Creating the next generation of protein sequence reference libraries for marine microbial eukaryotes

The Marine Functional Eukaryotic Reference Taxa (MarFERReT) project is an up-to-date protein sequence reference library designed for flexible and adaptive use and re-use in marine microbial eukaryotic research.

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Covering 70% of the Earth's surface, our oceans are teeming with life. Each droplet of seawater is a microcosm, home to millions of single-celled organisms including bacteria and the more complex eukaryotes. Essential to marine ecosystems, eukaryotic phytoplankton and cyanobacteria form the basis of food webs, converting solar energy into biomass in the photic zone. This primary production not only fuels the microbial ecosystem but also plays a crucial role in the global cycling of vital elements like carbon and nitrogen, ultimately supporting fisheries that are key to human nutrition. The advent of environmental gene sequencing technologies in the early 2000s marked a turning point in marine microbiome research, offering an unprecedented window into these in situ communities, many of which had previously evaded isolation and study in laboratory settings.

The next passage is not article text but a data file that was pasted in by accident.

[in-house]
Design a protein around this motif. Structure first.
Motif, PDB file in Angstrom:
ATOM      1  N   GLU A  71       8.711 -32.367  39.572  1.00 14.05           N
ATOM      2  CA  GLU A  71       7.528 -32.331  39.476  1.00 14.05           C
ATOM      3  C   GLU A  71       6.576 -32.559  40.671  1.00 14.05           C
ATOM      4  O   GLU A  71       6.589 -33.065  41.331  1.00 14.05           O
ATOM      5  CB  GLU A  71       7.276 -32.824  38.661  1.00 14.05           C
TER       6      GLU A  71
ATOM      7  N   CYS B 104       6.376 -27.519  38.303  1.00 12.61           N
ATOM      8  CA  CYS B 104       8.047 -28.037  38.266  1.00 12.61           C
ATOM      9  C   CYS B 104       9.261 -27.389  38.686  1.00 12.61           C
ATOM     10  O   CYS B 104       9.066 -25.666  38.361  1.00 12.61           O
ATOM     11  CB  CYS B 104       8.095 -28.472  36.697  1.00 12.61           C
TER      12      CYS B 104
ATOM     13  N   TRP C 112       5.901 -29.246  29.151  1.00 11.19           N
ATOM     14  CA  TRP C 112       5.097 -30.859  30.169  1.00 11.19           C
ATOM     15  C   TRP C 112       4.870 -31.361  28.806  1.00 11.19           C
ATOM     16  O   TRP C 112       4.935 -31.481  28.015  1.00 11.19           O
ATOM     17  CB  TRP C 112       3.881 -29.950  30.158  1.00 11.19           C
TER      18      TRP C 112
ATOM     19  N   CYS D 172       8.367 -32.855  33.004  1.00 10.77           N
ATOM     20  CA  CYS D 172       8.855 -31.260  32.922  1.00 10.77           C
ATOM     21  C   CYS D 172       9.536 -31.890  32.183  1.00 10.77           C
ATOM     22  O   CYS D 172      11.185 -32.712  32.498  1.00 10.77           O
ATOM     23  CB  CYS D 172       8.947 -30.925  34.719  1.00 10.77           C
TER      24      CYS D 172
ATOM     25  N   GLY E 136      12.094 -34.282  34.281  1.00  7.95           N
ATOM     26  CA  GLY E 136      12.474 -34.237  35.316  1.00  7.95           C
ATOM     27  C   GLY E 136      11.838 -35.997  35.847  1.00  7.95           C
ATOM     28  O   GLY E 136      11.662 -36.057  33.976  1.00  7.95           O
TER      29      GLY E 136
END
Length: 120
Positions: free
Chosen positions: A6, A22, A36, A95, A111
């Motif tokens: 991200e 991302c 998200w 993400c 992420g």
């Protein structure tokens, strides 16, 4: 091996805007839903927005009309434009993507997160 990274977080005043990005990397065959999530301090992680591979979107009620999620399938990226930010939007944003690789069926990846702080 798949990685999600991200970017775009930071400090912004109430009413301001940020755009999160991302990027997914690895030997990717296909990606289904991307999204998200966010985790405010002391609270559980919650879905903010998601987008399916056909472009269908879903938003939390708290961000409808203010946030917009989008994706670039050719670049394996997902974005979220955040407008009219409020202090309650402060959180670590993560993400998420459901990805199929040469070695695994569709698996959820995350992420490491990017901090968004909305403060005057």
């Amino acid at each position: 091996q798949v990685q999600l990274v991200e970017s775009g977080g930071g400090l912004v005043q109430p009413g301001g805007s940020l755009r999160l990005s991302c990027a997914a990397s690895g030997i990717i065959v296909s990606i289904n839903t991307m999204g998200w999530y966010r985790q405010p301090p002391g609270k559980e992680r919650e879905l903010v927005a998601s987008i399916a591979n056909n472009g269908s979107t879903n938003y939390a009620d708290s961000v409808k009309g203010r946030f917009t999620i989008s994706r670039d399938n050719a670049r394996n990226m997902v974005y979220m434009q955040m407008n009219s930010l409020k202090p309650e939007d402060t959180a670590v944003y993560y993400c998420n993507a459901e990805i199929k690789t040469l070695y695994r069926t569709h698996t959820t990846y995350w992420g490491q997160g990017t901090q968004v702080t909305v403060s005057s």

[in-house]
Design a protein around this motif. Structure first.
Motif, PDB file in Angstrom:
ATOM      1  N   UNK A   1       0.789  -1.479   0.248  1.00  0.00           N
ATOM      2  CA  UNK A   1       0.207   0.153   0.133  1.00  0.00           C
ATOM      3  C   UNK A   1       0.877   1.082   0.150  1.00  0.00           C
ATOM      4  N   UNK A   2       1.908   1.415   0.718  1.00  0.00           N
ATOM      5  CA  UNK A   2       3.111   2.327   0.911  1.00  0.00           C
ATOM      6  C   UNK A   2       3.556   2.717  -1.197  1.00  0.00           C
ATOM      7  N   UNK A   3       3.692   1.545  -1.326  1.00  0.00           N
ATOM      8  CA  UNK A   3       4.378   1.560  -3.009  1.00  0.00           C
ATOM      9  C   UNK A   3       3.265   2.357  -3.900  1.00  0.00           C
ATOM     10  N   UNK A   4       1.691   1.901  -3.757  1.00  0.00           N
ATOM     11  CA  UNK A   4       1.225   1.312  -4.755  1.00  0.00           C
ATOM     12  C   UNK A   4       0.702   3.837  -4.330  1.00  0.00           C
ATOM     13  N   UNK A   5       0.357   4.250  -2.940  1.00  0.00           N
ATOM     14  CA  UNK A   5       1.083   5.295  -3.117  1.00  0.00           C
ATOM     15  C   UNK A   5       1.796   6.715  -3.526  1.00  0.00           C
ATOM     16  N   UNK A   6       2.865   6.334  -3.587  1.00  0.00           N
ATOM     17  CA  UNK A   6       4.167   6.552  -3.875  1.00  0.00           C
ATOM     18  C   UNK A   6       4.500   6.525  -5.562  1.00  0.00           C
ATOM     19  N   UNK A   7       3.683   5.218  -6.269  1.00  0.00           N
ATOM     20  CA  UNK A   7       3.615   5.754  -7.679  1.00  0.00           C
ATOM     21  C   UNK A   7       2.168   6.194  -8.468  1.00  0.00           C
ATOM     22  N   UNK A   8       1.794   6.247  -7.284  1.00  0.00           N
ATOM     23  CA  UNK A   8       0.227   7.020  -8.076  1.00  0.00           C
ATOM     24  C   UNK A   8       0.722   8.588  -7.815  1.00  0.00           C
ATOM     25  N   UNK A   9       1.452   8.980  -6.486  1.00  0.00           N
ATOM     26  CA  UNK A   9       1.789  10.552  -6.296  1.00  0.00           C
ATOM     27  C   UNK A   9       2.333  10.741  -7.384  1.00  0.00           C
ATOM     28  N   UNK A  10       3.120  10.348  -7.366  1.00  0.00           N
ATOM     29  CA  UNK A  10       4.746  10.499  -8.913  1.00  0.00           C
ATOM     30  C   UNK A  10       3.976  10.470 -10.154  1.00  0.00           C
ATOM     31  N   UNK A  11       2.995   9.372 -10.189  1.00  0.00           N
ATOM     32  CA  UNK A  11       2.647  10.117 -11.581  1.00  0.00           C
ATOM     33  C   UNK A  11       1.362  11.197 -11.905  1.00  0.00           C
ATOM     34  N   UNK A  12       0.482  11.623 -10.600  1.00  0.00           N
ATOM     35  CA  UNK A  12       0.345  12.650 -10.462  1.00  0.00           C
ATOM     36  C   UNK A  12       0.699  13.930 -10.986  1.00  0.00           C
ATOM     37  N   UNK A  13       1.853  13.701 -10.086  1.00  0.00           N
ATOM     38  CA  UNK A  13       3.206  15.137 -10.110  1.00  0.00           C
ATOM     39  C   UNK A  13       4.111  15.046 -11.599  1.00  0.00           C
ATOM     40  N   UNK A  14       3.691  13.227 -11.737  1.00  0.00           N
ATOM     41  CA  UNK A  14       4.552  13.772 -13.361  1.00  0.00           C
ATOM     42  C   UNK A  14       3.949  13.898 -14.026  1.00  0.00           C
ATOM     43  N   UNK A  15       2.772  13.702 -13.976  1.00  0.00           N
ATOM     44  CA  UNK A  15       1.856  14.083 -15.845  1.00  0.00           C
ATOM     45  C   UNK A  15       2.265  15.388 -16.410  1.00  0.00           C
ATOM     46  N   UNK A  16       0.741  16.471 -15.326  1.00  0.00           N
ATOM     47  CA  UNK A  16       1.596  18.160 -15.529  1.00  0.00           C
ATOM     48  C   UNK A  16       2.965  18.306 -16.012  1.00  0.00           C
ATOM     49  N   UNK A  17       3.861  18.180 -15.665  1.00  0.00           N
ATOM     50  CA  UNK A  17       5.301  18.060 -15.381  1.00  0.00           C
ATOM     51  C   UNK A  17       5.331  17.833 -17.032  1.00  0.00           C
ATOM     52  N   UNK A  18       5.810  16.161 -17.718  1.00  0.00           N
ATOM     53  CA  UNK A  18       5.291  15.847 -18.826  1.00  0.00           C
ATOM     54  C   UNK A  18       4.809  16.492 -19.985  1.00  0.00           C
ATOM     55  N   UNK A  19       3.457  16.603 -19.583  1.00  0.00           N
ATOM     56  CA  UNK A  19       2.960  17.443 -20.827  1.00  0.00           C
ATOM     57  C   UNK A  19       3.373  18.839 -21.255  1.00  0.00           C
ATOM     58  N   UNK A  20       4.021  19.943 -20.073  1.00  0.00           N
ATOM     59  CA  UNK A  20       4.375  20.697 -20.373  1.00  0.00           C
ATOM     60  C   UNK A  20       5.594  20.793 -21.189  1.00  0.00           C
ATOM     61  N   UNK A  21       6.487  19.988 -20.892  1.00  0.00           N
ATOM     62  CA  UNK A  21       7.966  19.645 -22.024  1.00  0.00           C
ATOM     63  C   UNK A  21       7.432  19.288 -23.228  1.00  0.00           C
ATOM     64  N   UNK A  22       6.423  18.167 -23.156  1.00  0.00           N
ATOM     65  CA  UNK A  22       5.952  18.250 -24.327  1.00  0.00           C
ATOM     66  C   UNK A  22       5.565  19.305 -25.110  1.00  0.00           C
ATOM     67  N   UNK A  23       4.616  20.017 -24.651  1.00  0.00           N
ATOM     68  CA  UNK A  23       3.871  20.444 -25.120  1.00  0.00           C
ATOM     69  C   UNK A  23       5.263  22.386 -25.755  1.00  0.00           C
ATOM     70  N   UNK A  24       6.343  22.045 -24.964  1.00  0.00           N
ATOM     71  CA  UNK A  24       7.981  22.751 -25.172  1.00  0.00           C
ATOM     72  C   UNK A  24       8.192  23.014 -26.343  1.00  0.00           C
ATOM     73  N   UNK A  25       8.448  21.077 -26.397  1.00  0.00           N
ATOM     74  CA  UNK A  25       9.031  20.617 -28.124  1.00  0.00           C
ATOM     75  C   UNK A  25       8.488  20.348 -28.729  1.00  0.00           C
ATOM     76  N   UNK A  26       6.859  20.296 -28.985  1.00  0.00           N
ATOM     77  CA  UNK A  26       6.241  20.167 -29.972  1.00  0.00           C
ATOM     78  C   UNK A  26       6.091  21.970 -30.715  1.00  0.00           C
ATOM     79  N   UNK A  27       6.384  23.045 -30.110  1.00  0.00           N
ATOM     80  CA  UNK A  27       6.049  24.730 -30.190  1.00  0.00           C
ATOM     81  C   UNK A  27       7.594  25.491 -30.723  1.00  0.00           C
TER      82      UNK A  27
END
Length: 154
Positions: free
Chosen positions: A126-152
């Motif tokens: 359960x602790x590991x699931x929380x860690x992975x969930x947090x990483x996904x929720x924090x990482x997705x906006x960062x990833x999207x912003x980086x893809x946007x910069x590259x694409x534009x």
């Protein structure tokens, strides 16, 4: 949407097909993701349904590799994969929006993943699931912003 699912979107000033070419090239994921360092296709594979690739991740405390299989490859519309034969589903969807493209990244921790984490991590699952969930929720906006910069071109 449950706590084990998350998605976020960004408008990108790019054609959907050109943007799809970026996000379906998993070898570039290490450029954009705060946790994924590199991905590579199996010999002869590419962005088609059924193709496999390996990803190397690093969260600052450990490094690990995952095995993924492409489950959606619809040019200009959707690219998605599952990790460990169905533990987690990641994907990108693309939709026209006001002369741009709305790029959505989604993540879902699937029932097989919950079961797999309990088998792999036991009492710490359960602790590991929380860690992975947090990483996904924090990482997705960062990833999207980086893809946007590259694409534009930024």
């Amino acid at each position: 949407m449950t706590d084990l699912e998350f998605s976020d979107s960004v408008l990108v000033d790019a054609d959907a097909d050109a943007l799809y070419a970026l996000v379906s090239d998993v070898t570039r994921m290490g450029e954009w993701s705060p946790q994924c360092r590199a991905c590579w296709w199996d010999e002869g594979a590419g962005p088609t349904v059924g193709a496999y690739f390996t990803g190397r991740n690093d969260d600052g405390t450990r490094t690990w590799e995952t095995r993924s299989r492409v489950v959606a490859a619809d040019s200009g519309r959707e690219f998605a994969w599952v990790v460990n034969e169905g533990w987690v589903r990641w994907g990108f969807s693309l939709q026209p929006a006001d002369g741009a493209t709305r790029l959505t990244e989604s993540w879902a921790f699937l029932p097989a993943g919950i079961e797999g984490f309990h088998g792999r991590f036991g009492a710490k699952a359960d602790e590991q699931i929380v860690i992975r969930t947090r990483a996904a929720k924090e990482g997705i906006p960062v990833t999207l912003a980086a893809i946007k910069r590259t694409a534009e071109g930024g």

To decode the genetic mysteries of marine microbiomes, researchers employ two main techniques: 'metagenomics' and 'metatranscriptomics'. Metagenomics focuses on the genomic DNA sequences of microbial cells, providing a snapshot of the potential genetic capabilities within a community. Metatranscriptomics, on the other hand, targets messenger RNA transcripts, revealing which genes are actively being expressed at any given moment. Both methods generate millions of nucleotide sequences. To make sense of these sequences, a process called taxonomic annotation is employed, where each sequence is compared to known reference sequences from established taxa. This comparison is crucial for understanding the genetic diversity and functional potential of marine microbial communities. Bacterial genomes, known for their compactness and relative simplicity, are well-suited for sequencing, leading to thousands of bacteria with fully sequenced reference genomes. Eukaryotes, in contrast, present a more formidable challenge. Their genomes are not only larger—typically by an order of magnitude—but also more intricate, with a complex mix of repetitive elements and spliced transcripts. Despite these hurdles, eukaryotic studies benefit from a unique feature: the poly-adenylation tags on messenger RNA transcripts. This allows for a selective focus on the active, protein-coding parts of the genome, simplifying the task of sequencing and understanding eukaryotic genetic material.